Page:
Asp.Net Areas

Assalamualaykum Wr Br..:)

Today we explore the Asp.Net Area Concept with a small project. Lets look few theory points:

Areas provide a way to separate a large MVC Web application into smaller functional groupings. An area is effectively an MVC structure inside an application. An application could contain several MVC structures (areas).

To accommodate large projects, ASP.NET MVC lets you partition Web applications into smaller units that are referred to as areas.

For example, a single large e-commerce application might be divided into areas that represent the storefront, product reviews, user account administration, and the purchasing system. Each area represents a separate function of the overall application.

This walkthrough demonstrates how to implement areas in an ASP.NET MVC application. The walkthrough creates the functional framework for a blog site that has the following areas:

  • Main. This is entry point to the Web application. This area includes the landing page and a log-in feature.
  • Blog. This area is used to display blog posts and to search the archive.
  • Dashboard. This area is used to create and edit blog posts.

To keep this tutorial simple, the areas do not contain logic to perform the actual tasks for the blog.

Creating the Application Structure

To begin, you will create an ASP.NET MVC project and add the folder structure for two child areas (Blog and Dashboard).

To create the application structure

  1. In Visual Studio, in the File menu, and click New Project.
  2. In the Project types window, expand the Visual Basic node or the Visual C# node, and then select the Web node.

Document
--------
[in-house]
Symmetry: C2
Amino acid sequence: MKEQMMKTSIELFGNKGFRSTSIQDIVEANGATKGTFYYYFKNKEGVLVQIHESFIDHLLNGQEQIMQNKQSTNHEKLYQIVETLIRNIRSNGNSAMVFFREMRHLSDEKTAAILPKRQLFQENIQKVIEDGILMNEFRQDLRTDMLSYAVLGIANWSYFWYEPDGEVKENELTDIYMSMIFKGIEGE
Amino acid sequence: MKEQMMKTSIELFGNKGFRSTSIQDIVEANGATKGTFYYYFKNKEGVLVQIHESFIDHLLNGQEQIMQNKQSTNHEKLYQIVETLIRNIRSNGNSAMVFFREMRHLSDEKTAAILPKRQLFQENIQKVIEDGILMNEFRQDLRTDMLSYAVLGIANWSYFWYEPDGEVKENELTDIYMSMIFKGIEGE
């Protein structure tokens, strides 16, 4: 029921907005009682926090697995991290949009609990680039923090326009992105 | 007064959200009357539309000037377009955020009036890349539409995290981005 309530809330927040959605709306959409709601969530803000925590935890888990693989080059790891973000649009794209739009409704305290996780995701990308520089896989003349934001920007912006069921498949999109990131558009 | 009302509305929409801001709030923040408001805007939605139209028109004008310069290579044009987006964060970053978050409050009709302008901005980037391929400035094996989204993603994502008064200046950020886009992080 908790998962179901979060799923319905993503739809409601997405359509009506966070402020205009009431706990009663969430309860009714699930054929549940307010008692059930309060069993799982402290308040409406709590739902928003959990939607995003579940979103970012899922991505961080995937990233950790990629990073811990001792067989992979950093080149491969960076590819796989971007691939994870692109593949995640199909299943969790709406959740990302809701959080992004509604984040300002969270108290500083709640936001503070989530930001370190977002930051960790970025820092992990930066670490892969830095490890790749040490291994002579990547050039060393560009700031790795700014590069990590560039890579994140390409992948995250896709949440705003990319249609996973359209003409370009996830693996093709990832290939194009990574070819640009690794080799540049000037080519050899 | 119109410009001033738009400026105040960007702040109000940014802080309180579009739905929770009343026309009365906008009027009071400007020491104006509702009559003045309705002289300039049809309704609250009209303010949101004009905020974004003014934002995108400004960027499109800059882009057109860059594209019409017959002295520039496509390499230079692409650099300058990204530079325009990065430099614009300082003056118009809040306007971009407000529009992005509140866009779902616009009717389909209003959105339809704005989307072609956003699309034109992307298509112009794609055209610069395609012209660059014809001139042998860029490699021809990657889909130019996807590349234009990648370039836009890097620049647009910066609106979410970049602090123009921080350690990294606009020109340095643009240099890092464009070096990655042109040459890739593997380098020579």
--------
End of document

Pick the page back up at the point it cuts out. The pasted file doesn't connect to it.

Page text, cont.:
3. In the Templates window, select ASP.NET MVC 2 Web Application.
  4. Name the project MvcAreasApplication, set the project location, and then select the Create directory for solution check box.
  5. Click OK.
  6. In Solution Explorer, right-click the project name, click Add, and then click Area.
  7. In Area Name, type Blog and then click Add.

    An Areas folder is added to the project. The Areas folder contains a folder structure that allows each child area to have its own models, views, and controllers.

  8. In Solution Explorer, right-click the project name, click Add, and then click Area.
  9. In Area Name, enter Dashboard and then click Add.

    When you are done, the Areas folder contains two child areas, Blog and Dashboard.

    Adding Area-Specific Controllers

     You will now add area-enabled controllers and action methods for each area.

    To add area controllers

    1. In Solution Explorer, right-click the Controllers subfolder for the Blog area, click Add, and then click Controller.
    2. Name the controller BlogController and then click Add.
    3. Add the following code to the BlogController class.

Installing Hadoop on Ubuntu

Assalamualaykum Wr Br..:)

Today we discuss about Installation of Hadoop on Ubuntu 14.4. The very first requirement of Hadoop Installation is availability of Java and SSH in your OS.

1.  To do Quick installation of java just type the below command.

$ sudo apt-get update